• Cole Burmester

      September 24, 2013 at 5:10 AM

      I need to get out towards Cappadocia and a few other places in Turkey still too!

  27. Renee - RambleCrunch

    December 18, 2013 at 10:32 AM

    My family and I spent five months in Turkey last year, and this post is bringing back memories! Besides gözleme, our favorite foods were iskandar and ripe figs. Lovely photos…sharing on Pinterest. 🙂

  28. ramiz

    June 3, 2017 at 3:20 AM

    Yeah gözleme really delicious but I know many foods from Turkish cuisine.
    They are really amazing foods can read there more about it http://tourismturkeytr.blogspot.com.tr/2017/05/most-delicious-turkish-foods.html

Leave a Reply

Cancel reply

Your email address will not be published. Required fields are marked *

Asia

Making the Most of your Holiday Adventure in India

Published

on

A vast country with stunning landscapes and incredible contrasts of culture, India is perfect for a holiday adventure. Whether you are looking to soak in the natural landscapes or explore the historic landmarks, it will be a humbling experience that you will remember for a lifetime. Well, here are some tips to make the most out of your adventure trip in India.

India The Grim Lab

Cover the maximum amount of ground

The Indian subcontinent is huge and offers a variety of experiences. From the deserts in Rajasthan to the Himalayas in the north and the extended coastline along the south, you have lots to see. While everything would be impossible to cover, it is advisable to cover as much ground as possible. Going for a packaged holiday is an option but you can also choose to design your own itinerary and reservations. Getting across India is easy and the country is well connected by a huge network of railway lines and road network. The places you would want to go however depend on the kind of adventure trip you are seeking and the amount of time you have.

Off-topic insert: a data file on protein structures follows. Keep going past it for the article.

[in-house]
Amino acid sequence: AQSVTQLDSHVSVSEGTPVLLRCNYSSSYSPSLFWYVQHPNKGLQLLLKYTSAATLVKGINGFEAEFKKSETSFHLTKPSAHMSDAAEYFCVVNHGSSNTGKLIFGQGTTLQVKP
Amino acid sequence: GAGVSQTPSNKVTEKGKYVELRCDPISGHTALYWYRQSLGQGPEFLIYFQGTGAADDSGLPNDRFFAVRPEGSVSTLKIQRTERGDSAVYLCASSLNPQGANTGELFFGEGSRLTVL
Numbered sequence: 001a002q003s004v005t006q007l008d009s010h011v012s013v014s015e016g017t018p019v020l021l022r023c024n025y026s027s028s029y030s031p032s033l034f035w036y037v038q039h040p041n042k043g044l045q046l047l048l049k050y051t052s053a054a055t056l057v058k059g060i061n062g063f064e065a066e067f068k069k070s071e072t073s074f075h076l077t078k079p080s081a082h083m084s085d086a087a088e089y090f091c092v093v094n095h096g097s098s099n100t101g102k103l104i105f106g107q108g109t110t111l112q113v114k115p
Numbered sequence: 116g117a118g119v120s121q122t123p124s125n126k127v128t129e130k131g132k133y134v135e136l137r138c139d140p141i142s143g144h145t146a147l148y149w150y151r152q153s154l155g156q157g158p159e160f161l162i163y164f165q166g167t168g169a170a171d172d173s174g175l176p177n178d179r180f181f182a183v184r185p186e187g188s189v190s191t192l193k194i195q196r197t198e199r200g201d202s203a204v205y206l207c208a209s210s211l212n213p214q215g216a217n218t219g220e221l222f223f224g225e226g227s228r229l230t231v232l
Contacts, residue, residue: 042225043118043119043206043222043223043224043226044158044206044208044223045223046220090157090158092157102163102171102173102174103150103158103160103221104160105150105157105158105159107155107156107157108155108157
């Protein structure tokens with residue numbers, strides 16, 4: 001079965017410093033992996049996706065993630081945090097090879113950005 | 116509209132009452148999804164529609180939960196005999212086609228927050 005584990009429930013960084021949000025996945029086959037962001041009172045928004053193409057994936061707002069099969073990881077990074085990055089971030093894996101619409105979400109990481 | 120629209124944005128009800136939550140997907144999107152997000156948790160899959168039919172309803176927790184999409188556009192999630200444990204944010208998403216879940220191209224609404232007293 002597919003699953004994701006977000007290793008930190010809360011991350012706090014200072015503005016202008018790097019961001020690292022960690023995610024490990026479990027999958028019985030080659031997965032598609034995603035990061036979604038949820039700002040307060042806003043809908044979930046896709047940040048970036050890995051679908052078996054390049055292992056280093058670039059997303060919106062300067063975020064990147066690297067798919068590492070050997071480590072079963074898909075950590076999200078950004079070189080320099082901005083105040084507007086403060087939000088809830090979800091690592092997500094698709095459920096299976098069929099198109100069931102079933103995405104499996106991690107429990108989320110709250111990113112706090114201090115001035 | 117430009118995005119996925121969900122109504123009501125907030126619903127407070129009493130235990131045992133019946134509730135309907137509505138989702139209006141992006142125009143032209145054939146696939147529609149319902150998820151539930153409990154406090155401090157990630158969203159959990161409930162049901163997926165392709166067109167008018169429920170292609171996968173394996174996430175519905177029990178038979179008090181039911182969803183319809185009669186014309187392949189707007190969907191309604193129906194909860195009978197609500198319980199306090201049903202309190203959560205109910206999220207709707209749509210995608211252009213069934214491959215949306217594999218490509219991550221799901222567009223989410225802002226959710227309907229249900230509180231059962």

Immerse in the culture

The history and culture of India goes back to several centuries. It has been the country for the first human civilization to take form. If your idea of adventure isn’t always about adrenaline thrill but soaking into a vibrant and unique culture, there are a lot of things to discover and get awed by, in India. Be a part of the festivals that are celebrated round the year. Taste the unique food of every region that you visit and travel the history by the folklore.

Invent a new way to travel

The joy of a trip in India lies not in the destination but the journey. There are plenty number of ways you can reinvent you journey across the swathing country – from camel rides to caravans. Forget airplanes and rails for a moment and choose the way of the locals. Boat rides, local buses and minivans can be great ways to hitchhike across the beautiful country. In the meantime, you can go for adventure activities like river rafting, paragliding, bungee jumping, and more. An incredible mix of old and new means of travel will always keep you at your feet.

Be alert and be safe

Lastly, and regardless of which part of the world you are visiting, it is always advisable to be aware of your surrounding and the people and culture you step into. It will be necessary to always stay in touch, be it emergency or just about giving updates about your trip to folks back home. Apps like Viber Out offer cheap calls to Vietnam and can be an incredible and pocket friendly way to be connected. Just pick up a local SIM card and go for a data plan that covers your internet requirements. In this world of technology, you are never too far from help!

Continue Reading

Asia

Fukuoka: The Relaxing Side of Japan You Don’t Want to Miss

Published

on